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July 15, 1992

Pulmonary Medicine

JAMA. 1992;268(3):405-407. doi:10.1001/jama.1992.03490030117052

In the last few years, there have been significant changes in our understanding of the pathophysiology and approach to treatment of a number of pulmonary disorders. In 1981, heart-lung transplantation was introduced as the first truly viable option for the long-term treatment of pulmonary hypertension secondary to primary pulmonary hypertension and Eisenmenger's syndrome. In the short time since then, breakthroughs in surgical techniques and the availability of cyclosporine have permitted a number of new transplantation techniques, including single-lung, double-lung, and now bilateral sequential lung transplants.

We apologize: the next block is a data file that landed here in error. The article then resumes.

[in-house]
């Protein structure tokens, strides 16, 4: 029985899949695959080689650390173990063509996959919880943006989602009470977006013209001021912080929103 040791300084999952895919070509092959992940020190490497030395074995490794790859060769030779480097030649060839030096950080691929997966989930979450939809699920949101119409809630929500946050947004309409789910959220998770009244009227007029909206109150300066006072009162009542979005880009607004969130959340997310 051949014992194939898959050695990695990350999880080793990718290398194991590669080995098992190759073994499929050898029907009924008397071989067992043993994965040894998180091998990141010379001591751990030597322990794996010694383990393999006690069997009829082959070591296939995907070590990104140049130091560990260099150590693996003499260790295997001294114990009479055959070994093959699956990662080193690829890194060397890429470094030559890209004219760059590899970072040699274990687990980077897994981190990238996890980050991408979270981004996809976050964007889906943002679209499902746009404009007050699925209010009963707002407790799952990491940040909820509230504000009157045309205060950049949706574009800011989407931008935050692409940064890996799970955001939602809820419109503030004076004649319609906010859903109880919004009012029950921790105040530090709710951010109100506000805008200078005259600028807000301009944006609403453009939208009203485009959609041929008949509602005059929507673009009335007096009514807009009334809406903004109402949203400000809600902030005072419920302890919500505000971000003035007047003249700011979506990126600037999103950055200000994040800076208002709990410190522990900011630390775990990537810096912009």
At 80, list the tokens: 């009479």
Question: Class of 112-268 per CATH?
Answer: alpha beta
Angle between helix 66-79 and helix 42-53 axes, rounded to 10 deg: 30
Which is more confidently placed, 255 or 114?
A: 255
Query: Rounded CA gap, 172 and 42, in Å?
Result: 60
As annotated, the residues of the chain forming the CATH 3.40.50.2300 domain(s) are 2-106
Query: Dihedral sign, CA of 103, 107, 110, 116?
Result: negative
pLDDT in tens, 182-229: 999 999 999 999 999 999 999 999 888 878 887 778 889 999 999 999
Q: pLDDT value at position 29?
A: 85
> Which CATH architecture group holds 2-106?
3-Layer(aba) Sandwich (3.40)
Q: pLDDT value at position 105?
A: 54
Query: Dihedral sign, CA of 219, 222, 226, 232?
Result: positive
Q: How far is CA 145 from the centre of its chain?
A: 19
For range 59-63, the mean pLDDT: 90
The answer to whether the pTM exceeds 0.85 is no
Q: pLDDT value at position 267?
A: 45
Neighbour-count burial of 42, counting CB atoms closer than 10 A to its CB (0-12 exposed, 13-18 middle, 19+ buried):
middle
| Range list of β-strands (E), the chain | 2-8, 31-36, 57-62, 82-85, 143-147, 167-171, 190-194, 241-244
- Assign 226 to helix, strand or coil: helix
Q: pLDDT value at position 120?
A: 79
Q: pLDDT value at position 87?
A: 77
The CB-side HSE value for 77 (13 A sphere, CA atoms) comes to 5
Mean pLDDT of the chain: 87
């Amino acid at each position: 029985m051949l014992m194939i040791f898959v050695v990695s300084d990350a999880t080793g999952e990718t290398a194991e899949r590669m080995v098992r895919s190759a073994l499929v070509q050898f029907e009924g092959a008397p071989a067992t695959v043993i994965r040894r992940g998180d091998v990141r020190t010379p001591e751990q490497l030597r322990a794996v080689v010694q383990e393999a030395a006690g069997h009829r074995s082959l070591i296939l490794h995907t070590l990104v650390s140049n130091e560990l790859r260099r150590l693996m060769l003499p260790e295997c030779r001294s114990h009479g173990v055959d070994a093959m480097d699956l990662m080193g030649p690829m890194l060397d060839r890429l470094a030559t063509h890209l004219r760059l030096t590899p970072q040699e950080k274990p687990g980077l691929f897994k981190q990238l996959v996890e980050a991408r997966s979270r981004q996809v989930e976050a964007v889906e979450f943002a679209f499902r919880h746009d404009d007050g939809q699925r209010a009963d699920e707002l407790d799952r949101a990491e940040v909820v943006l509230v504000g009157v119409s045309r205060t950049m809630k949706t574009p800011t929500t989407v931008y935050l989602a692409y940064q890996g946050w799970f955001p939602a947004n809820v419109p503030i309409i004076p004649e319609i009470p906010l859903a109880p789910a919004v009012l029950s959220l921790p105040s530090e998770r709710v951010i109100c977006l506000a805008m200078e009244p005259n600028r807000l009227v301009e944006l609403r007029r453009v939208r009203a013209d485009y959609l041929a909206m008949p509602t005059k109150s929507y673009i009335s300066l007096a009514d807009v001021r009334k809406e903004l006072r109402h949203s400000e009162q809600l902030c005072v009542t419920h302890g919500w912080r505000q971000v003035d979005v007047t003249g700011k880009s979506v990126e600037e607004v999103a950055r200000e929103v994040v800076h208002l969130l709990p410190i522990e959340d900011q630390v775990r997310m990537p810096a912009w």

Single-lung replacement initially was recommended only for patients with end-stage interstitial lung disease. The transplant procedure improved overall function, and the use of only one lung simplified the surgical technique compared with heart-lung transplantation, lowering the perioperative morbidity and mortality and increasing the number of organs available for transplantation.

Initially, it was thought that a single-lung transplant would be inappropriate for patients with associated cor